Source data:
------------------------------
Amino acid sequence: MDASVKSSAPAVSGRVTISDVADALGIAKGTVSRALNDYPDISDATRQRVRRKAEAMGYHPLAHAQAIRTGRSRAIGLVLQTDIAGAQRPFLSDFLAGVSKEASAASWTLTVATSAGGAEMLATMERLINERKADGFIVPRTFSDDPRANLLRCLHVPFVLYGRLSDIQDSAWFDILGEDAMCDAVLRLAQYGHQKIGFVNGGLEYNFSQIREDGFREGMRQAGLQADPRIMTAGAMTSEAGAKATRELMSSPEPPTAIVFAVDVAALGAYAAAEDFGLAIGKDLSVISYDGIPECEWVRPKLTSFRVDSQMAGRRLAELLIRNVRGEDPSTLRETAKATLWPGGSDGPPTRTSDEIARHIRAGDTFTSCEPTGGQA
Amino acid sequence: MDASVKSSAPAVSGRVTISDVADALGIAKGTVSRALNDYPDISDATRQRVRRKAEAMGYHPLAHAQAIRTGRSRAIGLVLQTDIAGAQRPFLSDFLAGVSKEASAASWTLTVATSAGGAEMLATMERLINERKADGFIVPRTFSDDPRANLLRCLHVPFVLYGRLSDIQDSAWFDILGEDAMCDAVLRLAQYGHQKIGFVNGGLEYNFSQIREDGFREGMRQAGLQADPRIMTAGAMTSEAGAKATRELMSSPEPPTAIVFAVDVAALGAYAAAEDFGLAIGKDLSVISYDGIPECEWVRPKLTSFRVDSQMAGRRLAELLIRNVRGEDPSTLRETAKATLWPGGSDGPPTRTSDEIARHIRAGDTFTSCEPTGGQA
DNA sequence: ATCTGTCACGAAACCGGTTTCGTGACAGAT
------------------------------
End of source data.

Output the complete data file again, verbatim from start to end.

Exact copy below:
Amino acid sequence: MDASVKSSAPAVSGRVTISDVADALGIAKGTVSRALNDYPDISDATRQRVRRKAEAMGYHPLAHAQAIRTGRSRAIGLVLQTDIAGAQRPFLSDFLAGVSKEASAASWTLTVATSAGGAEMLATMERLINERKADGFIVPRTFSDDPRANLLRCLHVPFVLYGRLSDIQDSAWFDILGEDAMCDAVLRLAQYGHQKIGFVNGGLEYNFSQIREDGFREGMRQAGLQADPRIMTAGAMTSEAGAKATRELMSSPEPPTAIVFAVDVAALGAYAAAEDFGLAIGKDLSVISYDGIPECEWVRPKLTSFRVDSQMAGRRLAELLIRNVRGEDPSTLRETAKATLWPGGSDGPPTRTSDEIARHIRAGDTFTSCEPTGGQA
Amino acid sequence: MDASVKSSAPAVSGRVTISDVADALGIAKGTVSRALNDYPDISDATRQRVRRKAEAMGYHPLAHAQAIRTGRSRAIGLVLQTDIAGAQRPFLSDFLAGVSKEASAASWTLTVATSAGGAEMLATMERLINERKADGFIVPRTFSDDPRANLLRCLHVPFVLYGRLSDIQDSAWFDILGEDAMCDAVLRLAQYGHQKIGFVNGGLEYNFSQIREDGFREGMRQAGLQADPRIMTAGAMTSEAGAKATRELMSSPEPPTAIVFAVDVAALGAYAAAEDFGLAIGKDLSVISYDGIPECEWVRPKLTSFRVDSQMAGRRLAELLIRNVRGEDPSTLRETAKATLWPGGSDGPPTRTSDEIARHIRAGDTFTSCEPTGGQA
DNA sequence: ATCTGTCACGAAACCGGTTTCGTGACAGAT